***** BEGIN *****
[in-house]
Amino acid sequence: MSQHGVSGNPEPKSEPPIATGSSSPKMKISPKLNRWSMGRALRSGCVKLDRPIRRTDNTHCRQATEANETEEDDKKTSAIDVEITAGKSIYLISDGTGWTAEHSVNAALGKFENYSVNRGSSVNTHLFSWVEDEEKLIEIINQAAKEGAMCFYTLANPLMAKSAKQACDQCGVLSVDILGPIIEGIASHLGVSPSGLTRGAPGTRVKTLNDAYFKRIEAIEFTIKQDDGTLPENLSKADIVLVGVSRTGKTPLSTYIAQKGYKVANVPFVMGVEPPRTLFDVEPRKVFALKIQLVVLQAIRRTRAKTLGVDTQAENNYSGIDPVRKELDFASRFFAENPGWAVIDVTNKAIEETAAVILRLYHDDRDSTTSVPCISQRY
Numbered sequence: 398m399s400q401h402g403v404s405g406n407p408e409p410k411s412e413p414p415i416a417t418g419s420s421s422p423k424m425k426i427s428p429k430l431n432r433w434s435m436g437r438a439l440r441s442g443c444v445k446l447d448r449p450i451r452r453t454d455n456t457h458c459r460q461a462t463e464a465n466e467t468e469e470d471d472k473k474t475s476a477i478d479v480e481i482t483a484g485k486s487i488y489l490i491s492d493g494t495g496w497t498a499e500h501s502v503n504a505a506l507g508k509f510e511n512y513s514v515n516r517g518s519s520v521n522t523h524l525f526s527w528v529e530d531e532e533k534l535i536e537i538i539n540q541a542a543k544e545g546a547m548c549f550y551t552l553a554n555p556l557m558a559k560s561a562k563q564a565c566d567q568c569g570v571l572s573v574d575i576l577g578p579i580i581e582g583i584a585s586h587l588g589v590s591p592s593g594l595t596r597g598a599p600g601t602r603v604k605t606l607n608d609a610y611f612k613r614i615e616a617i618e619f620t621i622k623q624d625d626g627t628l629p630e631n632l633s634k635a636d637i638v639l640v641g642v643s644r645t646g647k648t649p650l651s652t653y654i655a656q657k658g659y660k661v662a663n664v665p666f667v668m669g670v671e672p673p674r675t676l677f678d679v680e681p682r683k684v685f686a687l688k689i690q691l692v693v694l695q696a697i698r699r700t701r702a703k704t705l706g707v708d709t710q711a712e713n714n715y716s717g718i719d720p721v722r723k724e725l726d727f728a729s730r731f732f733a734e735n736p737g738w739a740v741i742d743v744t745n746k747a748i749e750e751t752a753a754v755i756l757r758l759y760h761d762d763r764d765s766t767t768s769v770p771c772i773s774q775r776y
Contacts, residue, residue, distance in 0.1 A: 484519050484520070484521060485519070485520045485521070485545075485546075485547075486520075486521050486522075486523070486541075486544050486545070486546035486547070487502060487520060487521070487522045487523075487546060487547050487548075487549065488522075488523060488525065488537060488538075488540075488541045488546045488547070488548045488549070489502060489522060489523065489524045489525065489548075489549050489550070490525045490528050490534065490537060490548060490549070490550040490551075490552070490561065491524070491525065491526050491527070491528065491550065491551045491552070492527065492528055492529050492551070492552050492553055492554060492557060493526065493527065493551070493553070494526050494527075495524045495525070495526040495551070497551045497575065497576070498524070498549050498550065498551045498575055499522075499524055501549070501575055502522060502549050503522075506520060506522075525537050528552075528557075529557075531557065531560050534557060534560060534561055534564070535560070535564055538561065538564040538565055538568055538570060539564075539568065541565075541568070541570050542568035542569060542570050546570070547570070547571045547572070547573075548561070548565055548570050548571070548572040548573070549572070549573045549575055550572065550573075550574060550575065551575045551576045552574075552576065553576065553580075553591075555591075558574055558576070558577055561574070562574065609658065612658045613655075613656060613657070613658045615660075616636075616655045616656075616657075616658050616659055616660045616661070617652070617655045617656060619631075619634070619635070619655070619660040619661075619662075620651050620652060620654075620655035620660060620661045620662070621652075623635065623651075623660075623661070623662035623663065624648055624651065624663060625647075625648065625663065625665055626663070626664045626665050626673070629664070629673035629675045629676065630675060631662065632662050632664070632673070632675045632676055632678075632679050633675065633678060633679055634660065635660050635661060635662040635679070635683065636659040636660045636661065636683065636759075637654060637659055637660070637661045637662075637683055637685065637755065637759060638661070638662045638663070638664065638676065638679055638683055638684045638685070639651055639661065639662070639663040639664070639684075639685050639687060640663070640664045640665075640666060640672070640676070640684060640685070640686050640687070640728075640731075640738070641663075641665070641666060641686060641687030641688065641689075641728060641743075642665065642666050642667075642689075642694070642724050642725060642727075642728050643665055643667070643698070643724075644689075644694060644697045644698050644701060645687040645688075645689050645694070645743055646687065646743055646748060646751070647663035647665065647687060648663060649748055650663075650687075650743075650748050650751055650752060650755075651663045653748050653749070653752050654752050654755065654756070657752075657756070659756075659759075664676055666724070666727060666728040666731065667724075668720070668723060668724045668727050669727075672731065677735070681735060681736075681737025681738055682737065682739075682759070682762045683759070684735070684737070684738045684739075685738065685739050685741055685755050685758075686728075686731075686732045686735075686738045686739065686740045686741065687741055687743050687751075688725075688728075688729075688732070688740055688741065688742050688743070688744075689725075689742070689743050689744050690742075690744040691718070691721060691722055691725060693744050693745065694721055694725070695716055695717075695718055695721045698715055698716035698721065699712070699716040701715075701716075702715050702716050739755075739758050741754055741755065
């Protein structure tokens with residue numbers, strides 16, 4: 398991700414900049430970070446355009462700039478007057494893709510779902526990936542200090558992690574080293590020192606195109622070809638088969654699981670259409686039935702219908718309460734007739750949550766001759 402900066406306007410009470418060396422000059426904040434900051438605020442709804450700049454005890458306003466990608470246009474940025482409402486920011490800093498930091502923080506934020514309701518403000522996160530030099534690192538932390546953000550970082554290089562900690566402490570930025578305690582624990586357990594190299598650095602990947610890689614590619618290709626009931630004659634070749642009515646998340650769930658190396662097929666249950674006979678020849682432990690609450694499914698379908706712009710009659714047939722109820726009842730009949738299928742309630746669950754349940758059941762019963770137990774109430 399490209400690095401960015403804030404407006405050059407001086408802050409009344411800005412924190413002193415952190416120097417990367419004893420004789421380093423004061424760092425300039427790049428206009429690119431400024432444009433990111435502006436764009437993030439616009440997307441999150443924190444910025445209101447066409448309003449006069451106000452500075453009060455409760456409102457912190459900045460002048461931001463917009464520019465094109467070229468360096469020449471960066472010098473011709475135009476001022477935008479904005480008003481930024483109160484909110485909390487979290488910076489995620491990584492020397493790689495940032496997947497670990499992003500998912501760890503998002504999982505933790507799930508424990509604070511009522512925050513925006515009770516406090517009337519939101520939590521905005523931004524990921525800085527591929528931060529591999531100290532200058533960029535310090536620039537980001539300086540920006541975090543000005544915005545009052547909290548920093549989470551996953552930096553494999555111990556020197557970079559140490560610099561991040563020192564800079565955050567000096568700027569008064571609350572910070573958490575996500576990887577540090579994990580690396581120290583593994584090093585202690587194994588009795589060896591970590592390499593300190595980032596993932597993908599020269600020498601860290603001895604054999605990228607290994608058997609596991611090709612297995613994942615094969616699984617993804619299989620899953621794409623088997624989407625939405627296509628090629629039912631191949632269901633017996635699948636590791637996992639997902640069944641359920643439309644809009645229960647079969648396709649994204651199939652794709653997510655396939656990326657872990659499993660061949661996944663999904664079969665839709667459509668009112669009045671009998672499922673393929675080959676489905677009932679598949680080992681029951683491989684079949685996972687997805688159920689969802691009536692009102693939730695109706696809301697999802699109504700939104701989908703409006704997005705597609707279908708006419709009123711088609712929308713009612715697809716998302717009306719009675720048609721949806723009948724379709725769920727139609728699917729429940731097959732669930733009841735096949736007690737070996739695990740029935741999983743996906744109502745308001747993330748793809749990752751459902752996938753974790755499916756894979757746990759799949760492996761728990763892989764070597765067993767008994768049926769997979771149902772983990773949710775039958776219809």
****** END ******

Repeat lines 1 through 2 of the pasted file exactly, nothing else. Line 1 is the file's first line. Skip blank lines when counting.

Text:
[in-house]
Amino acid sequence: MSQHGVSGNPEPKSEPPIATGSSSPKMKISPKLNRWSMGRALRSGCVKLDRPIRRTDNTHCRQATEANETEEDDKKTSAIDVEITAGKSIYLISDGTGWTAEHSVNAALGKFENYSVNRGSSVNTHLFSWVEDEEKLIEIINQAAKEGAMCFYTLANPLMAKSAKQACDQCGVLSVDILGPIIEGIASHLGVSPSGLTRGAPGTRVKTLNDAYFKRIEAIEFTIKQDDGTLPENLSKADIVLVGVSRTGKTPLSTYIAQKGYKVANVPFVMGVEPPRTLFDVEPRKVFALKIQLVVLQAIRRTRAKTLGVDTQAENNYSGIDPVRKELDFASRFFAENPGWAVIDVTNKAIEETAAVILRLYHDDRDSTTSVPCISQRY